Thailand’s Red Shirt protesters who mainly consist of the poor have been seen to strongly throw their support behind their deposed and convicted PM, Thaksin.
Outside of Thailand, we only receive news as how it’s presented on the screens on our television. The news only serve to report the brutality of how the army and police are seen to be battling the Red Shirts but this is far from the truth.
As much as we know, the poor support for Thaksin is because of his policies which have benefited the poor and have alleviated their ability to have a better life, or is it?
True to the fact that Thaksin’s policies have by and far benefited the poor but those same policies which made him popular was also a diversion from his corrupt business dealings which have created more wealth for himself than it has for the poor. He’s a smart businessman, whilst systems were created to benefit the people, these systems should also benefit him indirectly, monetarily. A conflict of interest in short.
The poor pay gratitude to Thaksin for helping them pay off their debts and how best to show gratitude to your beloved deposed PM than to be protesting against the government and justice system that have found him guilty of corruption. Such protests could not be possible though without a little bit of brainwash work from the protest leaders who receive funding from Thaksin’s billions to wage this campaign.
The poor, duped and brainwashed by the lure of money to Bangkok, gets brainwashed even more the moment they arrive at Bangkok when the protest leaders call on their support to Thaksin. Those Red Shirts don’t come for free. At a cost of 250 Baht, that coveted Red Shirt is yours and the funding for the campaign receives additional monetary support it needs. The poor, having spent such money wouldn’t want to have wasted money for nothing and thus, joins in the anti-government campaign without understanding what democracy and the intentions of the terrorist is.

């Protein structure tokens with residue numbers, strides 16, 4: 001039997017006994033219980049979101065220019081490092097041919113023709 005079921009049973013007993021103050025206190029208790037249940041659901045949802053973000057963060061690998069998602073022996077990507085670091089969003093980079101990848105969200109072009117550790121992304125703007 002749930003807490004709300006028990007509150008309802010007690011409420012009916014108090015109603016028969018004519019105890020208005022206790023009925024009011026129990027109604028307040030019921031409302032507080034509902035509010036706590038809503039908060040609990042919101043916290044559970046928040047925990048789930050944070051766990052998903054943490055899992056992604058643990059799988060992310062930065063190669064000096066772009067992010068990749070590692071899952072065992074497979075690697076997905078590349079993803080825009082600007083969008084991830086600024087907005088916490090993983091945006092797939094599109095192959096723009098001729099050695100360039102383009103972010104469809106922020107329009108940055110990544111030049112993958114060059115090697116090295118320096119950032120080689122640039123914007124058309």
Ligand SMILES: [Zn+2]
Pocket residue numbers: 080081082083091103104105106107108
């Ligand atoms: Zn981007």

This campaign has no doubt resulted in bigger losses than when it first began. Taxi and tuk-tuk drivers stop working to join the demonstrations. They believe that losing 400 baht a day is worth the cause but they forget that the campaign does not last for a day, the campaign lasts for days.
The poor forget to weigh the economic opportunity cost they might stand to gain when they work instead of protesting. Tourists stop coming and that’s a bigger loss for Thailand, especially when Bangkok is a city where foreigners love to travel to despite the traffic conditions.
How much longer can they last?
As long as the money stops flowing in and the sooner the poor realize that they are wasting their time and lives by fighting the cause of a terrorist, the sooner the campaign will end.
What about the ‘watermelon’ police and army?
The Army and Police officers labeled as ‘watermelons’ are simply individuals who do not have the heart to use force to push these poor and uneducated home. They simply take pity on them but no doubt, there will be other officers who have the capacity to push them home.
I’m not sure if this lady is still alive but she produced this video.